I've been waiting to see Les Ballets C de la B for the last ten years (give or take); I always managed to miss them by a narrow margin as I moved from city to city. Last night – finally! - the stars aligned and I saw the avant-garde Belgian company last night as part of Montréal's Festival TransAmerique. And despite my rather hefty expectations, I was not disappointed.

Les Ballets C de la B in TAUBERBACH © Chris Van der Burght
Les Ballets C de la B in TAUBERBACH
© Chris Van der Burght

The curtains opened to a stage stripped back to its bones; lighting rigs hung at half mast, the stage piled high with five tons of old clothes, microphones hanging directly down to the performers' head-height. We hear the incessant buzzing of fat blowflies circling lazily.

In the midst of this eerie dystopia, actor Elsie de Brauw launches into a monologue as she stomps through the piles of garments, picking up a jacket here, a hairbrush there, stashing things away in her pocket. As the monologue progresses, it builds a compelling picture of a dispossessed woman who oscillates wildly in her behaviour and attitude, between statements of rage ranging from “MY EAR IS NOT A TOILET!” and “I do not agree with life” through the more pacific, almost serene: “I was conceived like this. I was born like this. I'm perfect.” A pre-recorded voice answers, dishing out insults in a cool mechanical tone. Is it a voice inside her head? Is it God?

Les Ballets C de la B founder, choreographer and director Alain Platel came to choreography rather late, having started his career in the field of psychology and pedagogy working as a remedial teacher at a cerebral palsy centre for children. His interest in social issues and the people living on the fringes of the community remains, and infuses his work.

Tauberbach draws its primary inspiration from a Marcos Prado documentary, Estimera, a film about the life of a schizophrenic woman in Brazil who ekes out an existence in a garbage dump. However, rather than creating a strict adaptation, Tauberbach uses the story as a leaping off point, as a means of talking about more universal concerns. The music comes from Polish artist Arthur Zmijewski, who used a choir of deaf-mute children singing Bach to create a soundscape that was both discordent and ambiguous.

The dancers – Bérengère Bodin, Lisi Estaras, Ross McCormack, Romeu Runa and Elie Tass – explore their world with a childlike and childish inhibition; playing absurd dress-ups in the cast off clothes, imitating curious sexual acts and sometimes slipping into ad hoc violence. Their bodies distort and shake with palsied articulations, they hang precariously off the lighting rig and fall into pillowy mounds of clothing.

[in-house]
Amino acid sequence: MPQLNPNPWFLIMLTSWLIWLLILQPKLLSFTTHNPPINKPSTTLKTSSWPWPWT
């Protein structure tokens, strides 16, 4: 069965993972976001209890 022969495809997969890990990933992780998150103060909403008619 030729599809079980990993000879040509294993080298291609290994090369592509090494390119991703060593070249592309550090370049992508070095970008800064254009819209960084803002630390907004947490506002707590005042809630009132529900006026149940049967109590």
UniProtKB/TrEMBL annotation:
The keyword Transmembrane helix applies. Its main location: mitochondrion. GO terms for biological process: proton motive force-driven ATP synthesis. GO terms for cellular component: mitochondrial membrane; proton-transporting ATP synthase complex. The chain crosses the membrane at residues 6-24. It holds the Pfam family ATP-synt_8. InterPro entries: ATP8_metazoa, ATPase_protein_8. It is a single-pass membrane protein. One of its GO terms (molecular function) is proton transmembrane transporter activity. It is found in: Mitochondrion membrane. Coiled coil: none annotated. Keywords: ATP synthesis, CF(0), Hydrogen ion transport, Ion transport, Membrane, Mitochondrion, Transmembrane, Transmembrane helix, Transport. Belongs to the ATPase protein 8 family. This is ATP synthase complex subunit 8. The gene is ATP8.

All six of the performers were committed, fearless and at the height of their powers. They embodied the incredible capacity of humans to survive under extreme conditions, and each managed to bring a certain individuality to the piece. Although all were excellent, three in particular stood out: Elsie de Brauw, Lisi Estaras and Ross McCormack.

The dutch actress de Brauw gave an immaculate performance, and it is almost impossible to imagine Tauberbach without her. The gravel-voiced redhead held a defiant air throughout, but the subtleties of her performance really gave life, definition, and of course a narrative arc to the world of Tauberbach.

My eye was often drawn to Lisi Estaras, who played ingenue, nymphomaniac, and lunatic with an equal sense of attack.

A touch of levity was provided by Ross McCormack, who mimes a scene employing a set of imaginary weapons – a machine gun, a knife, a grenade, a malfunctioning spear – and sets upon his mission of murdering his cohorts (and his audience) with alacrity. How is it that, in the world of C de la B, the most violent scenes are often the funniest? This paradox seems to be at the centre of the entire piece; a tenuous balancing act between the mundane, the tragic, the hilarious and the erotic.

At over 90 minutes long with no intermission and some heavy subjects to explore, Tauberbach is challenging for the audience – as it is for the dancers. But worth the effort if you have even a medium threshold for the avant-garde; Alain Platel's gift for finding the intrinsic beauty in a world of ugliness had me glued to my seat. A triumph.